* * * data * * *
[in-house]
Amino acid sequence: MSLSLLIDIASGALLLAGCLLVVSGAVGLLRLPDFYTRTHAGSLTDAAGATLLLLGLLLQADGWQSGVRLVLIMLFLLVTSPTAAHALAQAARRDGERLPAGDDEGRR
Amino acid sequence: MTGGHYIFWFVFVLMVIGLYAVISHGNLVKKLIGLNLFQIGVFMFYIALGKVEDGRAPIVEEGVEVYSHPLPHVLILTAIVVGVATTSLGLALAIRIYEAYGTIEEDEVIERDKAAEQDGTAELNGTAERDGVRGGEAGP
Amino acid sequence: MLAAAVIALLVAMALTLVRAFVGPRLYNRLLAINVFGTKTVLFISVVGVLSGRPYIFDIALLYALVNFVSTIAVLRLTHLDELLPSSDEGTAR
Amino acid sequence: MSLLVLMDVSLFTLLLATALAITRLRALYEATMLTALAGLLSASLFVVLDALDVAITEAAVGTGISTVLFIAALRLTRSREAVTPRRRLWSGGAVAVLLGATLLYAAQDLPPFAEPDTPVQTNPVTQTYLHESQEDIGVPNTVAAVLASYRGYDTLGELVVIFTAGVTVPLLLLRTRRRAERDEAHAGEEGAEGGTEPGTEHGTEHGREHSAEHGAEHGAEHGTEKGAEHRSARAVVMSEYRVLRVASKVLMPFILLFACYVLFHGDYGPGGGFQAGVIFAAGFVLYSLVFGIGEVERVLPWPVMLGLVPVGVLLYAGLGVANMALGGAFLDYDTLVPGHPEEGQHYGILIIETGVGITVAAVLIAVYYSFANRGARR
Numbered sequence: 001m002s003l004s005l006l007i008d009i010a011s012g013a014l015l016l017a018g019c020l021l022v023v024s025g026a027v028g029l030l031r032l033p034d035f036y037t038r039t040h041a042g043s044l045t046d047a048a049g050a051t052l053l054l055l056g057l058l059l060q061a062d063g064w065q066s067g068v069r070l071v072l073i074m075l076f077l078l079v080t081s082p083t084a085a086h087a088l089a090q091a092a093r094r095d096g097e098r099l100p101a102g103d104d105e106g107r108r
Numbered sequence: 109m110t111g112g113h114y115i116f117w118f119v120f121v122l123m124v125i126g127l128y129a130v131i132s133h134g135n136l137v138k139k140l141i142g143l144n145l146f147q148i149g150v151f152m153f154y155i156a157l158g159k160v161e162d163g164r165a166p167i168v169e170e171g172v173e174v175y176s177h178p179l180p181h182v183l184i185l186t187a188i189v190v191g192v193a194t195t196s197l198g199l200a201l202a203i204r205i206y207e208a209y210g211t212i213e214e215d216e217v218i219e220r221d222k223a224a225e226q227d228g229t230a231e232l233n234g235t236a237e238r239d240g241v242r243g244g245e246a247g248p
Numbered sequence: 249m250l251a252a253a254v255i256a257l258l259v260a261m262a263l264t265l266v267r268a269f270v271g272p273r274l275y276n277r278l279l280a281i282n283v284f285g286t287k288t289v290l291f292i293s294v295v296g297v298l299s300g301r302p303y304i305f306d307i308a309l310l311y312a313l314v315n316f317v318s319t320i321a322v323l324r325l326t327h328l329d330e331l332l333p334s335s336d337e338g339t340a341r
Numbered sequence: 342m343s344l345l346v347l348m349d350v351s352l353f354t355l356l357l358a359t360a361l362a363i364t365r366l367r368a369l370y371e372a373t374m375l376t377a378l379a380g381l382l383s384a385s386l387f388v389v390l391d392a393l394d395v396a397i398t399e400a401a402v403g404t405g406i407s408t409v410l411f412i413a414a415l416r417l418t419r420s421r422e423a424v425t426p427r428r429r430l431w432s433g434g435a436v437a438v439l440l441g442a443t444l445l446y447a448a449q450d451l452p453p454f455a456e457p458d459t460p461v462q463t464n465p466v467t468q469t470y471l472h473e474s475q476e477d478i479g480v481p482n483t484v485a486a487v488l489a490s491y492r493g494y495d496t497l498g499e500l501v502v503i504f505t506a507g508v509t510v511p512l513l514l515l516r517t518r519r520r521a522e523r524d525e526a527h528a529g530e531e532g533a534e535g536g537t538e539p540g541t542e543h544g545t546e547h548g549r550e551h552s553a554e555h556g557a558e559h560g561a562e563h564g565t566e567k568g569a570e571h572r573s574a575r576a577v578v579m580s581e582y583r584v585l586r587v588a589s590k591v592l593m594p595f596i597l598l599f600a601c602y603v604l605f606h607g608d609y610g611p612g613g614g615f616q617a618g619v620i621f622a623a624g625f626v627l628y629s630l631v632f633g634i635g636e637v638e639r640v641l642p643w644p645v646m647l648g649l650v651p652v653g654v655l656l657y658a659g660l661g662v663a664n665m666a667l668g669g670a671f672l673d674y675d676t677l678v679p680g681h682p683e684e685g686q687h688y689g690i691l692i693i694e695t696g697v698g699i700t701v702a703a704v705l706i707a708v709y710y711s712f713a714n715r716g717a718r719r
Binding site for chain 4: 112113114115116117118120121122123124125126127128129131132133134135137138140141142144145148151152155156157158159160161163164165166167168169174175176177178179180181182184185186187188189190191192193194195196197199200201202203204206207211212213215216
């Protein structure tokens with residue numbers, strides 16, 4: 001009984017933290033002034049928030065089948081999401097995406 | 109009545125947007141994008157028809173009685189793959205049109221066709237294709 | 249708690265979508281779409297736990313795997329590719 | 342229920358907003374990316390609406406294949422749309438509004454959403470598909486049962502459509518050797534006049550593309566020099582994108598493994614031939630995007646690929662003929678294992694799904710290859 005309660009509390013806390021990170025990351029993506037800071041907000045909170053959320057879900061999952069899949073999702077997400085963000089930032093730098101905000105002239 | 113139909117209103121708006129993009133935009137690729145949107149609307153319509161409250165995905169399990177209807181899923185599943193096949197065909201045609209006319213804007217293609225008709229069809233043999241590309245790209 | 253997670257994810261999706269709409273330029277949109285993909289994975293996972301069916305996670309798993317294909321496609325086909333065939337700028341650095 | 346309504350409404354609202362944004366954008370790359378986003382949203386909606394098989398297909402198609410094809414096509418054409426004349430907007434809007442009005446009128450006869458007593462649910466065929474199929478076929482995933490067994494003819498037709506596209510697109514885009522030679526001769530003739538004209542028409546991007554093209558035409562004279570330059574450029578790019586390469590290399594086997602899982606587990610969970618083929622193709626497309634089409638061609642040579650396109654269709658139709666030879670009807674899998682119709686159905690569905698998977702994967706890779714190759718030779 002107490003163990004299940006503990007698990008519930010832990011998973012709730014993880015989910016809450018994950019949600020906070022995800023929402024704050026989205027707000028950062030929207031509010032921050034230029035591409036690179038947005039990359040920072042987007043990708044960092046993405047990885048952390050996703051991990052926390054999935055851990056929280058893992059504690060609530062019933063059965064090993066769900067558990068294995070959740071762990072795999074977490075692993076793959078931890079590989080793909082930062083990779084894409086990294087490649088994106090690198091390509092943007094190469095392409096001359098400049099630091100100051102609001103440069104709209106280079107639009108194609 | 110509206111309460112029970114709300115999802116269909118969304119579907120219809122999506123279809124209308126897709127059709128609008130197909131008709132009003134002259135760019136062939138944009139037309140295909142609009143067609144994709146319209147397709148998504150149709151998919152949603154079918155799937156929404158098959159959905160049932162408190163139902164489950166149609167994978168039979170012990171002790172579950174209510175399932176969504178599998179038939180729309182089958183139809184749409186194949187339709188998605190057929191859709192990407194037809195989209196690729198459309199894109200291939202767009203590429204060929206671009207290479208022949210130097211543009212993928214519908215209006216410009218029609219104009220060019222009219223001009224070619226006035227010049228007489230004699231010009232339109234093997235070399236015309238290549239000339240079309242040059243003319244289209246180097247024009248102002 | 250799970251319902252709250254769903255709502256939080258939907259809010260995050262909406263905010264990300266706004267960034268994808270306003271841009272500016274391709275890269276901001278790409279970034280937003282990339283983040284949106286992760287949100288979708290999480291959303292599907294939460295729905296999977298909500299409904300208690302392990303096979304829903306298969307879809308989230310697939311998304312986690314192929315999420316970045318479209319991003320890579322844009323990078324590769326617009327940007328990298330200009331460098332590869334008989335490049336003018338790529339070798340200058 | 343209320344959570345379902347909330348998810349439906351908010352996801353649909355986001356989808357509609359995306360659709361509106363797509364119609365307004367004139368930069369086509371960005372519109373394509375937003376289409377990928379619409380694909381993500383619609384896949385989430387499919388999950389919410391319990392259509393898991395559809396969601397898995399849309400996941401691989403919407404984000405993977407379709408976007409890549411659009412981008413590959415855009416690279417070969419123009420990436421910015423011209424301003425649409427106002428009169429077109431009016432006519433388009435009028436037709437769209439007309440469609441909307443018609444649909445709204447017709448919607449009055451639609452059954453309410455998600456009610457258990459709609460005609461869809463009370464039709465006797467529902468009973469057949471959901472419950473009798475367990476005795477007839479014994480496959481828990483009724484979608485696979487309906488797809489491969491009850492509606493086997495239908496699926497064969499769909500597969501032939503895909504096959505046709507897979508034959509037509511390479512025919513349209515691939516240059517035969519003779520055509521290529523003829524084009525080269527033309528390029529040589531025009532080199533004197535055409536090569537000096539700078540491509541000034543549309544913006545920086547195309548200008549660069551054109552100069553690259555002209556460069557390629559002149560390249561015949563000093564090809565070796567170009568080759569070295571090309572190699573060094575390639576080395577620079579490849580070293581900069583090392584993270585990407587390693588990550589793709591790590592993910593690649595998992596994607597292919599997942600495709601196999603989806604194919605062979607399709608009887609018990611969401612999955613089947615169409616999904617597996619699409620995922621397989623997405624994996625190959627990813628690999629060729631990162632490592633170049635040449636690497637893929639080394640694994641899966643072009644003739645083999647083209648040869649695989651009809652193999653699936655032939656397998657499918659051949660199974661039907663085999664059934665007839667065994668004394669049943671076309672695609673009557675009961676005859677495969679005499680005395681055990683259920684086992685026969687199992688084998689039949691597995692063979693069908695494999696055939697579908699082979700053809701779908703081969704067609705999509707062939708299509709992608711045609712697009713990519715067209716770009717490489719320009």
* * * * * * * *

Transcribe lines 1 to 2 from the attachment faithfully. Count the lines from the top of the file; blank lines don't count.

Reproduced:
[in-house]
Amino acid sequence: MSLSLLIDIASGALLLAGCLLVVSGAVGLLRLPDFYTRTHAGSLTDAAGATLLLLGLLLQADGWQSGVRLVLIMLFLLVTSPTAAHALAQAARRDGERLPAGDDEGRR